ADDED ON: 04/03/2022

How Liverpool became the first UK city to recognise its ‘gay quarter’

4/2/22 | The Echo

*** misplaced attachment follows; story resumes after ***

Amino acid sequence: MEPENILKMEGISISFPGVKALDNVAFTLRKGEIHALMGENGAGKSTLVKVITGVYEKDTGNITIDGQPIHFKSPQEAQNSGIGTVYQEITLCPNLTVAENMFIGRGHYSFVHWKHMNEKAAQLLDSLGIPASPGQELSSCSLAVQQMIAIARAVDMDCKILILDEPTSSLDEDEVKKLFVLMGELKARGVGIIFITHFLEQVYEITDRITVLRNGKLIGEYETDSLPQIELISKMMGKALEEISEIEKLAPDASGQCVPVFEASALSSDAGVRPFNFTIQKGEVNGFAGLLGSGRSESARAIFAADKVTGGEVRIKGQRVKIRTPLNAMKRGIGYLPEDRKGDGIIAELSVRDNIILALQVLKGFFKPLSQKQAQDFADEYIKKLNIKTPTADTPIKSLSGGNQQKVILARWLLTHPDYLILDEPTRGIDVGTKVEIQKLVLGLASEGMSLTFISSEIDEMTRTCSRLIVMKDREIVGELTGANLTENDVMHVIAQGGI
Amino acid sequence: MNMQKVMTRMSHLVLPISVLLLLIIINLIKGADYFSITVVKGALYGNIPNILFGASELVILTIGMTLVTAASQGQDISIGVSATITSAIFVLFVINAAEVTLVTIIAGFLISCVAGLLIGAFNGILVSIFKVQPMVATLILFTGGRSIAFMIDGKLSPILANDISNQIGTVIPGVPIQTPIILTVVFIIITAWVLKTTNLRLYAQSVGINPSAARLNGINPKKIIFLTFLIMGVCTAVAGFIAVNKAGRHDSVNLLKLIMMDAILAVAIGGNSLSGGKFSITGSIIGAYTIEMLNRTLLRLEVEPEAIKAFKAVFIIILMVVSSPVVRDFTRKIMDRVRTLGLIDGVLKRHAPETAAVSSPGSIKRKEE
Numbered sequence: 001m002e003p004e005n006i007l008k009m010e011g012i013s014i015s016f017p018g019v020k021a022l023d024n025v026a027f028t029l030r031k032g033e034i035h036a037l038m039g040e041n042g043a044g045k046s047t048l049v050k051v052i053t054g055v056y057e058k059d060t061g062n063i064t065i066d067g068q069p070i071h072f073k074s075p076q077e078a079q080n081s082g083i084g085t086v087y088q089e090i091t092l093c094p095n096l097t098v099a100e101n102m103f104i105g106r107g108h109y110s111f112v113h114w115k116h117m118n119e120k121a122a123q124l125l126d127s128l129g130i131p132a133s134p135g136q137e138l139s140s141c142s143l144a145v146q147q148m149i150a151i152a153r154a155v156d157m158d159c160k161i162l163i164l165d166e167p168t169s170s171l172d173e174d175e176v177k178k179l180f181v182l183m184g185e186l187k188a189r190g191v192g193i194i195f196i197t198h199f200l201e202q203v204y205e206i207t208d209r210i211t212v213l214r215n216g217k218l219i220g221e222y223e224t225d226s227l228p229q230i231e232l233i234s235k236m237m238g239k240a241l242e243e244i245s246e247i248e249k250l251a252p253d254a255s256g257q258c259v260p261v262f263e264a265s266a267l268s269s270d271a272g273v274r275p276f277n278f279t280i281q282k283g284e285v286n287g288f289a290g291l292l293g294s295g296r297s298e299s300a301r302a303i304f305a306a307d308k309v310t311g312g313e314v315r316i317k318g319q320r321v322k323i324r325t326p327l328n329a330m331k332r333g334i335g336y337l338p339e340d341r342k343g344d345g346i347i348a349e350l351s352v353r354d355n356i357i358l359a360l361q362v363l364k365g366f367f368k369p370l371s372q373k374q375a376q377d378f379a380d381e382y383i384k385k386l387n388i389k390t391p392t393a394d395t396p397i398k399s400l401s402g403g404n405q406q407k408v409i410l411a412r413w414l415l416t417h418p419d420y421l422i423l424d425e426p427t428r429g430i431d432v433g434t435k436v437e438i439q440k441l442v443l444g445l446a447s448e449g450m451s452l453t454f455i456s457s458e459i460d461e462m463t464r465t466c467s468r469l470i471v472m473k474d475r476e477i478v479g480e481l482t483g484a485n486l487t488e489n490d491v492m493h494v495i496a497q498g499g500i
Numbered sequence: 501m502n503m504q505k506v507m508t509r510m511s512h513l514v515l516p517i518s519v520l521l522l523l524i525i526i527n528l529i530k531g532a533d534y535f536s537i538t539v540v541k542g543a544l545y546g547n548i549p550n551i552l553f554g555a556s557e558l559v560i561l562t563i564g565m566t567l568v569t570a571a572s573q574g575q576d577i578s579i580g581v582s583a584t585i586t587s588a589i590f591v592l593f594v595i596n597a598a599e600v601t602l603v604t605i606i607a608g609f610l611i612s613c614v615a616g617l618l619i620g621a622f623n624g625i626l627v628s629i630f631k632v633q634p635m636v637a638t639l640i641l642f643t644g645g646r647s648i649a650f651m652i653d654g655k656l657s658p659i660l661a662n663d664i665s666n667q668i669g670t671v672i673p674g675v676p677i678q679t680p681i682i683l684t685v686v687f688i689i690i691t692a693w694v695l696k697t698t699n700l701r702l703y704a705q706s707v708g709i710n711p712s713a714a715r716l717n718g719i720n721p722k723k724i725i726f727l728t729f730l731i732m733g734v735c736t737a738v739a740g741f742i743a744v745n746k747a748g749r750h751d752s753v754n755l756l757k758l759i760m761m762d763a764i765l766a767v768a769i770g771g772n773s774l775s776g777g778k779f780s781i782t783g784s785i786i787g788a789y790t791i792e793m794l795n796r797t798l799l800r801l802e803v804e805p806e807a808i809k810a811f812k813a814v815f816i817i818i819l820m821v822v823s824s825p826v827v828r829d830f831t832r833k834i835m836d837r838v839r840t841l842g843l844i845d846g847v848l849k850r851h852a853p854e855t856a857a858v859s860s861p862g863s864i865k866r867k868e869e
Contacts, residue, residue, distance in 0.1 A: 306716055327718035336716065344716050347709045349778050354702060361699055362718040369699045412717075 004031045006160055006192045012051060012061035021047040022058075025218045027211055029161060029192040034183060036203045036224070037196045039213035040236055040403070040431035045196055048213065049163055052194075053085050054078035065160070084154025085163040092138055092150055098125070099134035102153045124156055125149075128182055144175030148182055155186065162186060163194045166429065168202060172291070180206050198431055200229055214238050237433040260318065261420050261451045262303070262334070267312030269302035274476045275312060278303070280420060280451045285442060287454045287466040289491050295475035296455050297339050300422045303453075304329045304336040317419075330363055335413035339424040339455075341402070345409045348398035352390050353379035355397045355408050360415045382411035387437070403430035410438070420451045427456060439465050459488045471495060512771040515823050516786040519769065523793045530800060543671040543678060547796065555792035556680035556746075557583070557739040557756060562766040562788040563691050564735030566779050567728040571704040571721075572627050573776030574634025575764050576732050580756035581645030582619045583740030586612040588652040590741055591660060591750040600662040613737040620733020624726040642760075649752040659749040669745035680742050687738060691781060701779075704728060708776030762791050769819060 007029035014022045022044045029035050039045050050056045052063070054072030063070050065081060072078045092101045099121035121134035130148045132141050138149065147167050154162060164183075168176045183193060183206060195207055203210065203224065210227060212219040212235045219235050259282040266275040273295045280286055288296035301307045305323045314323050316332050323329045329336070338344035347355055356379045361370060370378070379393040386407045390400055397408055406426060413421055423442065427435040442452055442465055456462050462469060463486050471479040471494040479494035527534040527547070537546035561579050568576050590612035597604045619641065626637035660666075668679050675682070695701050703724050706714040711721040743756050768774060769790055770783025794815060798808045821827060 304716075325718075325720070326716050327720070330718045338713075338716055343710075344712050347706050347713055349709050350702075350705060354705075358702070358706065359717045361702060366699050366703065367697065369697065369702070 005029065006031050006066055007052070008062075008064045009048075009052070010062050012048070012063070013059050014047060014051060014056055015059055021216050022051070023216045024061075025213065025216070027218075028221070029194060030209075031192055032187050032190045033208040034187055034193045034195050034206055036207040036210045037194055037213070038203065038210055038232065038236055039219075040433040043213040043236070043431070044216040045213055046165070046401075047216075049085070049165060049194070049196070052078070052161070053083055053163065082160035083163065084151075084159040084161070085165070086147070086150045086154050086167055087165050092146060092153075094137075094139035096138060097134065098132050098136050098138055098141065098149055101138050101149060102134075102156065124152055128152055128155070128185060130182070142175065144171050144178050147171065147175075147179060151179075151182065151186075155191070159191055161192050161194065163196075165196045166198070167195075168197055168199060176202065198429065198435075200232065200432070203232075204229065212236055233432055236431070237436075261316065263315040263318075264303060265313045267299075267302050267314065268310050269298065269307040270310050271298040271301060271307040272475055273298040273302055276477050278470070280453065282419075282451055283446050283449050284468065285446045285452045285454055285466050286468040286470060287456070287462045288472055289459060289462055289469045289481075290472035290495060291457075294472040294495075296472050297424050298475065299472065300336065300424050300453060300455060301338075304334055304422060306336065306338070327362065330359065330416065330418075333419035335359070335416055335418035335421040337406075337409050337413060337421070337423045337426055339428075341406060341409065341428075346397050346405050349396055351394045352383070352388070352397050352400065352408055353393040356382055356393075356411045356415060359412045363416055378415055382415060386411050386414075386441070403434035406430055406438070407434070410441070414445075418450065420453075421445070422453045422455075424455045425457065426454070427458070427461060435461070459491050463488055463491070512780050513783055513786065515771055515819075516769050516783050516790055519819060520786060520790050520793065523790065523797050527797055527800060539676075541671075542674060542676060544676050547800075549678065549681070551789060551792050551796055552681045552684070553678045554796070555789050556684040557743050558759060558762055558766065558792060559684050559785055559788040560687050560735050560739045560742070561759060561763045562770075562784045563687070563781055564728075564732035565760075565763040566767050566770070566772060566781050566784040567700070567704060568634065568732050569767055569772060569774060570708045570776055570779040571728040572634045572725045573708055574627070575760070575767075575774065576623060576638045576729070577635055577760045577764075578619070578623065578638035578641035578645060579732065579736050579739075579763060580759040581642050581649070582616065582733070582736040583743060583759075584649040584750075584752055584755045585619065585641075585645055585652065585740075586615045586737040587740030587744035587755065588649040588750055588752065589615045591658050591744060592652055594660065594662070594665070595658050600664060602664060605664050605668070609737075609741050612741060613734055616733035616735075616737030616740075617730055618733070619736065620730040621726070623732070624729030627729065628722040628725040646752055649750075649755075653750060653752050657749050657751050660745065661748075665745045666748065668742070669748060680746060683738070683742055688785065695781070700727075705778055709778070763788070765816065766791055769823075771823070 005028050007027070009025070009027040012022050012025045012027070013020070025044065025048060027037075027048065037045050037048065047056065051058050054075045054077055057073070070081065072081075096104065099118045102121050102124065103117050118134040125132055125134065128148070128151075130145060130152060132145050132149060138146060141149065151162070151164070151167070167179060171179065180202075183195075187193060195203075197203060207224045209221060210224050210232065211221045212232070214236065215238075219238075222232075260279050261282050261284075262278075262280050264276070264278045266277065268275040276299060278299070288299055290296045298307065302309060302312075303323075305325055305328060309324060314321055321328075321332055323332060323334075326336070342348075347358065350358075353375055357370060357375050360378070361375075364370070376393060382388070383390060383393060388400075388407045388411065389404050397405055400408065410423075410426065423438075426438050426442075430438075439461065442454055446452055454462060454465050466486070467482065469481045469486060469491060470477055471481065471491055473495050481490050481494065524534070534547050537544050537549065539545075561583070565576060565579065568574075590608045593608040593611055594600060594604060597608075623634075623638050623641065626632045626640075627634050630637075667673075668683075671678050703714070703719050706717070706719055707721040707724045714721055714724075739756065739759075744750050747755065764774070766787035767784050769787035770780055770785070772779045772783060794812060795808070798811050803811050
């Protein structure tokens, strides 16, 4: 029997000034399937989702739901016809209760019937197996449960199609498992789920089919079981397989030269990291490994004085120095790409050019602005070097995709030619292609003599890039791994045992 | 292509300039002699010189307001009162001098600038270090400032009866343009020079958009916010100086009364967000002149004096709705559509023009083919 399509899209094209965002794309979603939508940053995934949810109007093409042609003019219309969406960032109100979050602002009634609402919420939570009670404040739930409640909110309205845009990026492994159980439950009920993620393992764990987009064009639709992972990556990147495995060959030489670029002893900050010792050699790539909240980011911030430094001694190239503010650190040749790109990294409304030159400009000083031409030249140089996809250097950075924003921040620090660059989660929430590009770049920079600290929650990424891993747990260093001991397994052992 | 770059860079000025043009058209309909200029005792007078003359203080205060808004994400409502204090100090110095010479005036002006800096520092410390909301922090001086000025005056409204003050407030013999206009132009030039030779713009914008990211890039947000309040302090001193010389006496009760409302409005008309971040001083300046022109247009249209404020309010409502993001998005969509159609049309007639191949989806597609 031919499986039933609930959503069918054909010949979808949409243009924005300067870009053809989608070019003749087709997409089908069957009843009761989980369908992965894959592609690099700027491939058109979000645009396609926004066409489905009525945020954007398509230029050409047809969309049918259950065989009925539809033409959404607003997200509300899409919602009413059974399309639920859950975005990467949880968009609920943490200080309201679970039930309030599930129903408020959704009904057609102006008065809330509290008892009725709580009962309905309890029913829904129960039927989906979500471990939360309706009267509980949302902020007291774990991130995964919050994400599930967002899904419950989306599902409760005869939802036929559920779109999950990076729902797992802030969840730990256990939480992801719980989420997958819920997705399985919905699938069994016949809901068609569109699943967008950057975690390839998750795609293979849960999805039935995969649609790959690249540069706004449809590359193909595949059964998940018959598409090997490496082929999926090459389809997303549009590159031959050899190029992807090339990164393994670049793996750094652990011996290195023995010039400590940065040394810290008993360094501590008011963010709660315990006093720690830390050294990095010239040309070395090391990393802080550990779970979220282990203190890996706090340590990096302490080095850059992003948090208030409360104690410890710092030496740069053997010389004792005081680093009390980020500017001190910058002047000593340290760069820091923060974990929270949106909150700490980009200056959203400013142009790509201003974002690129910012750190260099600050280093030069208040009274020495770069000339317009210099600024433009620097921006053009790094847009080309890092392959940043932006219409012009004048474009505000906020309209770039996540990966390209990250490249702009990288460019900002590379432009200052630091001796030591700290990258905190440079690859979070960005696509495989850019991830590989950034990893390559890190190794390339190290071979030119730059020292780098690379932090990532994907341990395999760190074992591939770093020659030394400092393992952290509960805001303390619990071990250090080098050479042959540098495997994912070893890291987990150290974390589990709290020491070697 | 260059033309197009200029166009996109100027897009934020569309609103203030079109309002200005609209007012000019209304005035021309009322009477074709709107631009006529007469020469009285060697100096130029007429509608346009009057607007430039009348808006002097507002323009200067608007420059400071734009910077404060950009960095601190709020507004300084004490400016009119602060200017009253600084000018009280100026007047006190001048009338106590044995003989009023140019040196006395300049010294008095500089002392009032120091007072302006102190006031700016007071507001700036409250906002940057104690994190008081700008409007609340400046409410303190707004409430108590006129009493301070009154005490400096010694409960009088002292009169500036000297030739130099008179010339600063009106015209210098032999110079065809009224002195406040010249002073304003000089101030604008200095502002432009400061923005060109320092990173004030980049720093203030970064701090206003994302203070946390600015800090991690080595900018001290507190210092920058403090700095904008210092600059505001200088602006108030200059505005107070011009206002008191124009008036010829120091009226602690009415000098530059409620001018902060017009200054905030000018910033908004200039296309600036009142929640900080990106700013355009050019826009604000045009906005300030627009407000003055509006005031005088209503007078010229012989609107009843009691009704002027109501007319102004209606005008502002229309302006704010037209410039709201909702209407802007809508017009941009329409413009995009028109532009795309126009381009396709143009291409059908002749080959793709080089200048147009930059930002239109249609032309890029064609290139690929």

Liverpool’s ‘Gay Quarter’ is a prime destination for not only the LGBTQ+ community but for tourists from all over the world and it’s easy to see why. Week in and week out, thousands of people from all over Liverpool and beyond descend on the streets and back alleys in and around Stanley Street in the city centre to drink, dance and party the night away. It has been a safe haven for the LGBTQ+ community, their friends, families and allies for decades now. But how did Liverpool’s iconic gay quarter become the main focal point for the lesbian, gay, bisexual and transgender community which it is known as today? Members of Liverpool’s gay community couldn’t always be found being unapologetically themselves along Stanley Street. For a long time, their presence was felt more towards the centre of the city, however, with the building of the new St. John’s Shopping Centre and subsequent demolition of the original Queen Square, it meant the gay community was forced to find a new home elsewhere. With the opening of the gay bar, Paco’s in the 1970’s, alongside The Lisbon’s already established gay following, it wasn’t long before they found a place they could call their second home in Stanley Street. In 2004, Richie Wright, a 41-year-old freelance scene reporter, suggested to the City Council that they make a gay tourism guide, primarily based on the community in found on Stanley Street, in the run up to Liverpool’s European Capital of Culture year. He told the ECHO : “I felt it was important to put the scene on the map and promote it to the wider world. I was regularly out and about and in contact with the venues and there was a feeling in the air that they wanted a more prominent role in Liverpool’s very special year.”


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